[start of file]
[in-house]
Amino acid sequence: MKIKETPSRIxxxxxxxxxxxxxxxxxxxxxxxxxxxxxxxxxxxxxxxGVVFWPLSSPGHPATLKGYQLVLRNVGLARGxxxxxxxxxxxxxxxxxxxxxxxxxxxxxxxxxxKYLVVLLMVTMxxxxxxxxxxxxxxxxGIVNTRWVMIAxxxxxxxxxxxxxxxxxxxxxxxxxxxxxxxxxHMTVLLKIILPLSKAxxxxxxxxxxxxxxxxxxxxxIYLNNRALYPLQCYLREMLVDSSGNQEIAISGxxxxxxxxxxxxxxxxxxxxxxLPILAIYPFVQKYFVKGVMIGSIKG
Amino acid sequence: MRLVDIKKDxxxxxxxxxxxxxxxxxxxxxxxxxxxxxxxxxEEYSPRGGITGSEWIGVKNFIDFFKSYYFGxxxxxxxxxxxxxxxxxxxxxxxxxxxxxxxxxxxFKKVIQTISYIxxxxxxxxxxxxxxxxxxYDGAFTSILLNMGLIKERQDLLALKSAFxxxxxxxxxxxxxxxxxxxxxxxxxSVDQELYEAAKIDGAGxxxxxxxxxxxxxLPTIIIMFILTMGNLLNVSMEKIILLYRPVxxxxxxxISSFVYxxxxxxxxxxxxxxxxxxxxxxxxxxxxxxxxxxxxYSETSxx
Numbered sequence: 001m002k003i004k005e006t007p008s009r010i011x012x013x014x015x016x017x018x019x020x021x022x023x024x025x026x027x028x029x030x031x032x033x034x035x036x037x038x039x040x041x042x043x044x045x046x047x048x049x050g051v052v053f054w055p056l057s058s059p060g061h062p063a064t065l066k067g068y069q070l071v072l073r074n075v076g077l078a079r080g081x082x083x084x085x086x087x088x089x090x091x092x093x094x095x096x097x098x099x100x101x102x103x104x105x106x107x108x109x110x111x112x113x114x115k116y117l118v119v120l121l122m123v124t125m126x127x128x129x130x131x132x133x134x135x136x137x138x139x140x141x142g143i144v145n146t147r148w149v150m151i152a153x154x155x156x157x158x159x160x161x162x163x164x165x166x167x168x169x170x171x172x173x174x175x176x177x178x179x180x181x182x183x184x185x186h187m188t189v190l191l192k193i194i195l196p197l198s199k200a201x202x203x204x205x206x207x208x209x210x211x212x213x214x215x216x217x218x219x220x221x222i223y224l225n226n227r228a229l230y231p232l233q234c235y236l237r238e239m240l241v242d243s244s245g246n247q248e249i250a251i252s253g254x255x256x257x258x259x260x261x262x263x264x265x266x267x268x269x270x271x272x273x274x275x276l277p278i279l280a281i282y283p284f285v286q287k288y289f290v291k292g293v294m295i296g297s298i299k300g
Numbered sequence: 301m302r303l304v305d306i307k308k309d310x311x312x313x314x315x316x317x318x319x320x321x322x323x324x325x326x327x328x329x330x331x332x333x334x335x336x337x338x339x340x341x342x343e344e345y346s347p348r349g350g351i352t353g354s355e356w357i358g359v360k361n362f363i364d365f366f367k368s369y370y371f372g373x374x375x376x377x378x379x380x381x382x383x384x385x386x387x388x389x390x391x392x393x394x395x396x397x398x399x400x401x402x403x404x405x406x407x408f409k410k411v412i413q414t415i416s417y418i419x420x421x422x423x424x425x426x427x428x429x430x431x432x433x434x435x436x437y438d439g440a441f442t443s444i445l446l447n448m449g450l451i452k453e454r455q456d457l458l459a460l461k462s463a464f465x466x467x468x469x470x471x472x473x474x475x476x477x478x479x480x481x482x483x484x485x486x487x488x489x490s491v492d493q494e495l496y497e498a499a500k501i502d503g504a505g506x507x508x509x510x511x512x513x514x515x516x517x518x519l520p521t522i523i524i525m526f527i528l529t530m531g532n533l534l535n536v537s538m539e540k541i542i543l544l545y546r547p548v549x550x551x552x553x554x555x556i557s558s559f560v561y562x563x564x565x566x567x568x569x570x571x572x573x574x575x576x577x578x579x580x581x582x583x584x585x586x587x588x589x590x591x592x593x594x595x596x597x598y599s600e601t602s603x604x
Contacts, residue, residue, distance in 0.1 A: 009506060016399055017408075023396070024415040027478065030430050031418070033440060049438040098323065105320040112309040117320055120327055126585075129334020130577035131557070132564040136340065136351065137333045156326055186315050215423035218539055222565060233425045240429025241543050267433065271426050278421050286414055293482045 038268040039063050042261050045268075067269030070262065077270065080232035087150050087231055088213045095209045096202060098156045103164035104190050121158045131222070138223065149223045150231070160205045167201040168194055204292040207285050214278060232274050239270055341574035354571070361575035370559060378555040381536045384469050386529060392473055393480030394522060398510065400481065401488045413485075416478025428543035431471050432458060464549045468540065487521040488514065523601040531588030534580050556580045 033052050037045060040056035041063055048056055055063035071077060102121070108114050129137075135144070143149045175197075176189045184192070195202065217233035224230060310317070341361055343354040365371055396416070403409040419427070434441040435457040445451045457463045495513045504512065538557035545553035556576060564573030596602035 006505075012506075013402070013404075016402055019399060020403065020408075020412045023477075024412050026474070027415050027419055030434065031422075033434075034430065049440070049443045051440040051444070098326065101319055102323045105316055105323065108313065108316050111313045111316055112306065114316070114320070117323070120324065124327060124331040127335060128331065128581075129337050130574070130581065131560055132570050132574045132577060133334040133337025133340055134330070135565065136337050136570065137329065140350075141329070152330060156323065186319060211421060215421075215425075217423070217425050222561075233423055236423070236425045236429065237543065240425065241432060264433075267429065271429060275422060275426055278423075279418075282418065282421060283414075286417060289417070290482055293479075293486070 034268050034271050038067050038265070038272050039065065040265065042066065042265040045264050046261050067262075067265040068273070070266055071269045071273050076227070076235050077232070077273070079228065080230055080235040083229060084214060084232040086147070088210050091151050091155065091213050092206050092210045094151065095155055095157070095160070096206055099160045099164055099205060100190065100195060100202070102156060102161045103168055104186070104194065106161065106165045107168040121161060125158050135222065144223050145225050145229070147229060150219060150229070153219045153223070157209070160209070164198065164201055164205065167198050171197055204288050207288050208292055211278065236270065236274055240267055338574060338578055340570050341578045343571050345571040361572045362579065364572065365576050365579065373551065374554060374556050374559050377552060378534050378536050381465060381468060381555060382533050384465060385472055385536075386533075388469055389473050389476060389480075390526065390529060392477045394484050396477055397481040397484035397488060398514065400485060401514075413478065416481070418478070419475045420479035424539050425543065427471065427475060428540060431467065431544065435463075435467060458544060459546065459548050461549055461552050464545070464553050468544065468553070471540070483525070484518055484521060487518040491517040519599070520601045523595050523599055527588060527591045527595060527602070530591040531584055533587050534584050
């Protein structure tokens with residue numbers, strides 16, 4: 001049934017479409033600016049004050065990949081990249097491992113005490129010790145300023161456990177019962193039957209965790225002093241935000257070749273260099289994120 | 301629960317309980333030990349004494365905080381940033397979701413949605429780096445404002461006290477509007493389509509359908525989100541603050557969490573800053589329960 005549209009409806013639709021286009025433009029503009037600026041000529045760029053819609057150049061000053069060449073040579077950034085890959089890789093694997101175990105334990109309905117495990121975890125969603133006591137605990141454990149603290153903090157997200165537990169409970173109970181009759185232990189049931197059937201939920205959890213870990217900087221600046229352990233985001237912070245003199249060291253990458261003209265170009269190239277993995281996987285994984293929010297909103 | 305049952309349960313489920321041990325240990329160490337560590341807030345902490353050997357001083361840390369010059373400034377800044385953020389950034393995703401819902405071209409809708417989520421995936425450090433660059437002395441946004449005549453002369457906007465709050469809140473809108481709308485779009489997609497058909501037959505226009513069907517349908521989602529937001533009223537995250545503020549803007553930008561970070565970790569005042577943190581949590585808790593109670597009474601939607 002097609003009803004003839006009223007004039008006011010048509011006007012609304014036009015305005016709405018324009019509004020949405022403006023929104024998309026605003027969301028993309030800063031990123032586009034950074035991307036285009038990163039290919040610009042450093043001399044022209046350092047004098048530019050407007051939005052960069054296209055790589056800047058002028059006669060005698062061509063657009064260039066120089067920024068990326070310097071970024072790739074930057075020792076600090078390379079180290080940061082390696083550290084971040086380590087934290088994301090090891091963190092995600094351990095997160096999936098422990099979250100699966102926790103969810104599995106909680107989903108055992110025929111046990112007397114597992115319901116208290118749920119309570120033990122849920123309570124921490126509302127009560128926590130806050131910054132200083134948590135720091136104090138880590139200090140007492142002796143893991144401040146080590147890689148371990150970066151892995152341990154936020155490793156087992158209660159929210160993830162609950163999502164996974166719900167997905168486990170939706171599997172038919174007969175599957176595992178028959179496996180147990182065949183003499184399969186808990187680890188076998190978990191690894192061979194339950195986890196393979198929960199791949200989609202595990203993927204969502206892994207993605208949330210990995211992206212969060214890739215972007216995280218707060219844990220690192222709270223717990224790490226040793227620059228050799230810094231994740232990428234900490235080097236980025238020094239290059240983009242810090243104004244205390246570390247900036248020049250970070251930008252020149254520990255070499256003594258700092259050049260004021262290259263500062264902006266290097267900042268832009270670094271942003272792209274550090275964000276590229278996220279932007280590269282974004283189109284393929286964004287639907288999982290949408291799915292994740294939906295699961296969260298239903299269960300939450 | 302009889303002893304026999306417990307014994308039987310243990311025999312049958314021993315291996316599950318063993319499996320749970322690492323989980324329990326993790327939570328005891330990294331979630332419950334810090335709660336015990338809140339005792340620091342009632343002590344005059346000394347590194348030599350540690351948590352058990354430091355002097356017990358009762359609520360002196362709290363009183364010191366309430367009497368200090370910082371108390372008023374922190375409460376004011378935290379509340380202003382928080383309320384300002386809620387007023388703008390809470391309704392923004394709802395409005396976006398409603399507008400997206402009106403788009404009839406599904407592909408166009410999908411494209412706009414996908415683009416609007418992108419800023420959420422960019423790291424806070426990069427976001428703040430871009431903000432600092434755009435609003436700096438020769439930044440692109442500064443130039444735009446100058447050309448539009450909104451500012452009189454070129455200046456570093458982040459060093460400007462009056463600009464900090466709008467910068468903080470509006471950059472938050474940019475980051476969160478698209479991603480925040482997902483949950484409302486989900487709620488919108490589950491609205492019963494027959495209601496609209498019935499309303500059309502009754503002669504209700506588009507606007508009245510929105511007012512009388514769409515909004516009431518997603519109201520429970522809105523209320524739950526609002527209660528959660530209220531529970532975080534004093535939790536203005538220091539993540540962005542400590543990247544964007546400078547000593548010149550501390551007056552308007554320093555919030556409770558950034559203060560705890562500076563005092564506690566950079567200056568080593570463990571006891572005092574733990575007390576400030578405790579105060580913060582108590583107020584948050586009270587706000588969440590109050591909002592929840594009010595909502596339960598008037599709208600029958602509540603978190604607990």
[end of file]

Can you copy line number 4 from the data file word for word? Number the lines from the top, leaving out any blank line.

Numbered sequence: 001m002k003i004k005e006t007p008s009r010i011x012x013x014x015x016x017x018x019x020x021x022x023x024x025x026x027x028x029x030x031x032x033x034x035x036x037x038x039x040x041x042x043x044x045x046x047x048x049x050g051v052v053f054w055p056l057s058s059p060g061h062p063a064t065l066k067g068y069q070l071v072l073r074n075v076g077l078a079r080g081x082x083x084x085x086x087x088x089x090x091x092x093x094x095x096x097x098x099x100x101x102x103x104x105x106x107x108x109x110x111x112x113x114x115k116y117l118v119v120l121l122m123v124t125m126x127x128x129x130x131x132x133x134x135x136x137x138x139x140x141x142g143i144v145n146t147r148w149v150m151i152a153x154x155x156x157x158x159x160x161x162x163x164x165x166x167x168x169x170x171x172x173x174x175x176x177x178x179x180x181x182x183x184x185x186h187m188t189v190l191l192k193i194i195l196p197l198s199k200a201x202x203x204x205x206x207x208x209x210x211x212x213x214x215x216x217x218x219x220x221x222i223y224l225n226n227r228a229l230y231p232l233q234c235y236l237r238e239m240l241v242d243s244s245g246n247q248e249i250a251i252s253g254x255x256x257x258x259x260x261x262x263x264x265x266x267x268x269x270x271x272x273x274x275x276l277p278i279l280a281i282y283p284f285v286q287k288y289f290v291k292g293v294m295i296g297s298i299k300g